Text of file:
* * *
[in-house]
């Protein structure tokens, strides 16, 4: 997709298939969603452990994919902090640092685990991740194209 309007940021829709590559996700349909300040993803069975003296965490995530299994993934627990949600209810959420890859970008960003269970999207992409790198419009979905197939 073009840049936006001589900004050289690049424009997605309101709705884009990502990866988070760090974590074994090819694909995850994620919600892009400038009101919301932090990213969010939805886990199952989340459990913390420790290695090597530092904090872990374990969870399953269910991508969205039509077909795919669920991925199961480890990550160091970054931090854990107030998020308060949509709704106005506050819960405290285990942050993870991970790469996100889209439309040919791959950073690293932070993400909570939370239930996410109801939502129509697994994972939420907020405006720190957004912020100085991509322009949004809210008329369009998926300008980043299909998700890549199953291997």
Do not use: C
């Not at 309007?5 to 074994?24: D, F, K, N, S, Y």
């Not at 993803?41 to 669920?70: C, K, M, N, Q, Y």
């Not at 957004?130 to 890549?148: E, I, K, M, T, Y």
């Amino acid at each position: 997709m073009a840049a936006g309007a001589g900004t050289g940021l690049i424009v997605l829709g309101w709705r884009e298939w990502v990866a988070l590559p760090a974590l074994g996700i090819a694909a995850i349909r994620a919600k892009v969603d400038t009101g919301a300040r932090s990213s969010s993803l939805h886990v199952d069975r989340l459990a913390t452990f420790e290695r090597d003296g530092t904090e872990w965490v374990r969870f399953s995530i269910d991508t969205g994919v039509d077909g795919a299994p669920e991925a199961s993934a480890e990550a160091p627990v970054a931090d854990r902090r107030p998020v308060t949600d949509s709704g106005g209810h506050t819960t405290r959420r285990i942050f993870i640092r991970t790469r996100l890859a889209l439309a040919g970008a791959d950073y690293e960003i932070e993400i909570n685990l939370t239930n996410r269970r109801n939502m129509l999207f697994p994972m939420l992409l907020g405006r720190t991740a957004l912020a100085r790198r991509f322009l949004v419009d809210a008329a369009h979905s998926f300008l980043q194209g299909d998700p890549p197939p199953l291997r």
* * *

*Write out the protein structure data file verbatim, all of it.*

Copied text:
[in-house]
């Protein structure tokens, strides 16, 4: 997709298939969603452990994919902090640092685990991740194209 309007940021829709590559996700349909300040993803069975003296965490995530299994993934627990949600209810959420890859970008960003269970999207992409790198419009979905197939 073009840049936006001589900004050289690049424009997605309101709705884009990502990866988070760090974590074994090819694909995850994620919600892009400038009101919301932090990213969010939805886990199952989340459990913390420790290695090597530092904090872990374990969870399953269910991508969205039509077909795919669920991925199961480890990550160091970054931090854990107030998020308060949509709704106005506050819960405290285990942050993870991970790469996100889209439309040919791959950073690293932070993400909570939370239930996410109801939502129509697994994972939420907020405006720190957004912020100085991509322009949004809210008329369009998926300008980043299909998700890549199953291997």
Do not use: C
């Not at 309007?5 to 074994?24: D, F, K, N, S, Y």
């Not at 993803?41 to 669920?70: C, K, M, N, Q, Y």
């Not at 957004?130 to 890549?148: E, I, K, M, T, Y």
């Amino acid at each position: 997709m073009a840049a936006g309007a001589g900004t050289g940021l690049i424009v997605l829709g309101w709705r884009e298939w990502v990866a988070l590559p760090a974590l074994g996700i090819a694909a995850i349909r994620a919600k892009v969603d400038t009101g919301a300040r932090s990213s969010s993803l939805h886990v199952d069975r989340l459990a913390t452990f420790e290695r090597d003296g530092t904090e872990w965490v374990r969870f399953s995530i269910d991508t969205g994919v039509d077909g795919a299994p669920e991925a199961s993934a480890e990550a160091p627990v970054a931090d854990r902090r107030p998020v308060t949600d949509s709704g106005g209810h506050t819960t405290r959420r285990i942050f993870i640092r991970t790469r996100l890859a889209l439309a040919g970008a791959d950073y690293e960003i932070e993400i909570n685990l939370t239930n996410r269970r109801n939502m129509l999207f697994p994972m939420l992409l907020g405006r720190t991740a957004l912020a100085r790198r991509f322009l949004v419009d809210a008329a369009h979905s998926f300008l980043q194209g299909d998700p890549p197939p199953l291997r």